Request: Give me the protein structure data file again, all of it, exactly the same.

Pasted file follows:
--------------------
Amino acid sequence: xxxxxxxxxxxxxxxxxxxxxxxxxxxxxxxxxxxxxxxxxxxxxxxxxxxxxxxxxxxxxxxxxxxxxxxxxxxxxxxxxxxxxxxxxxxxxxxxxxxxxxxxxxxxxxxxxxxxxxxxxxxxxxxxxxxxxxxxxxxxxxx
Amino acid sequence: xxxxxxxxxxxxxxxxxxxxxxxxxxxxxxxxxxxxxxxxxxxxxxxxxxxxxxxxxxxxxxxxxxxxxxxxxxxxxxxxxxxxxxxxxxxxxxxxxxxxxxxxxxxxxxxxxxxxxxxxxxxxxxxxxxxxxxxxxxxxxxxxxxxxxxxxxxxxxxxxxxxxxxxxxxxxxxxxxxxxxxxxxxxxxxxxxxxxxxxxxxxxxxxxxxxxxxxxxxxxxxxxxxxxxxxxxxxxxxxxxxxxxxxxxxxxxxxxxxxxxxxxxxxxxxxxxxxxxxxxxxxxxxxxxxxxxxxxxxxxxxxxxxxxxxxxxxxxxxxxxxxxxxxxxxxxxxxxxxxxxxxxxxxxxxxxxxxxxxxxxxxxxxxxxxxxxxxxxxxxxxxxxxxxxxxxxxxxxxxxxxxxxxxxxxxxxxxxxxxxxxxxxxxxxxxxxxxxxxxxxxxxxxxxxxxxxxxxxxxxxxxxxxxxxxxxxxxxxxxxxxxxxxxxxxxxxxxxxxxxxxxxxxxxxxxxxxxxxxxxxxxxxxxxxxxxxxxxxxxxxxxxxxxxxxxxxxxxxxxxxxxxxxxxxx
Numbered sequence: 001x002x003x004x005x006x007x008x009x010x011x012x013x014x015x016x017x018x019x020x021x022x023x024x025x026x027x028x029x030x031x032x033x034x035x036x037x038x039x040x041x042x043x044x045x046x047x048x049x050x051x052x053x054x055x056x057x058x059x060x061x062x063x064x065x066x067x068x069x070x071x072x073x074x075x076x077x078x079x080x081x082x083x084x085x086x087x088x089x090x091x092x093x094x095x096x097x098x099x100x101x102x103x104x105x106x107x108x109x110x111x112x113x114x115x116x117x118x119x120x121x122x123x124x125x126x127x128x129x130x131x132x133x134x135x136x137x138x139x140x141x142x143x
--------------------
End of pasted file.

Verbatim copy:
Amino acid sequence: xxxxxxxxxxxxxxxxxxxxxxxxxxxxxxxxxxxxxxxxxxxxxxxxxxxxxxxxxxxxxxxxxxxxxxxxxxxxxxxxxxxxxxxxxxxxxxxxxxxxxxxxxxxxxxxxxxxxxxxxxxxxxxxxxxxxxxxxxxxxxxx
Amino acid sequence: xxxxxxxxxxxxxxxxxxxxxxxxxxxxxxxxxxxxxxxxxxxxxxxxxxxxxxxxxxxxxxxxxxxxxxxxxxxxxxxxxxxxxxxxxxxxxxxxxxxxxxxxxxxxxxxxxxxxxxxxxxxxxxxxxxxxxxxxxxxxxxxxxxxxxxxxxxxxxxxxxxxxxxxxxxxxxxxxxxxxxxxxxxxxxxxxxxxxxxxxxxxxxxxxxxxxxxxxxxxxxxxxxxxxxxxxxxxxxxxxxxxxxxxxxxxxxxxxxxxxxxxxxxxxxxxxxxxxxxxxxxxxxxxxxxxxxxxxxxxxxxxxxxxxxxxxxxxxxxxxxxxxxxxxxxxxxxxxxxxxxxxxxxxxxxxxxxxxxxxxxxxxxxxxxxxxxxxxxxxxxxxxxxxxxxxxxxxxxxxxxxxxxxxxxxxxxxxxxxxxxxxxxxxxxxxxxxxxxxxxxxxxxxxxxxxxxxxxxxxxxxxxxxxxxxxxxxxxxxxxxxxxxxxxxxxxxxxxxxxxxxxxxxxxxxxxxxxxxxxxxxxxxxxxxxxxxxxxxxxxxxxxxxxxxxxxxxxxxxxxxxxxxxxxxx
Numbered sequence: 001x002x003x004x005x006x007x008x009x010x011x012x013x014x015x016x017x018x019x020x021x022x023x024x025x026x027x028x029x030x031x032x033x034x035x036x037x038x039x040x041x042x043x044x045x046x047x048x049x050x051x052x053x054x055x056x057x058x059x060x061x062x063x064x065x066x067x068x069x070x071x072x073x074x075x076x077x078x079x080x081x082x083x084x085x086x087x088x089x090x091x092x093x094x095x096x097x098x099x100x101x102x103x104x105x106x107x108x109x110x111x112x113x114x115x116x117x118x119x120x121x122x123x124x125x126x127x128x129x130x131x132x133x134x135x136x137x138x139x140x141x142x143x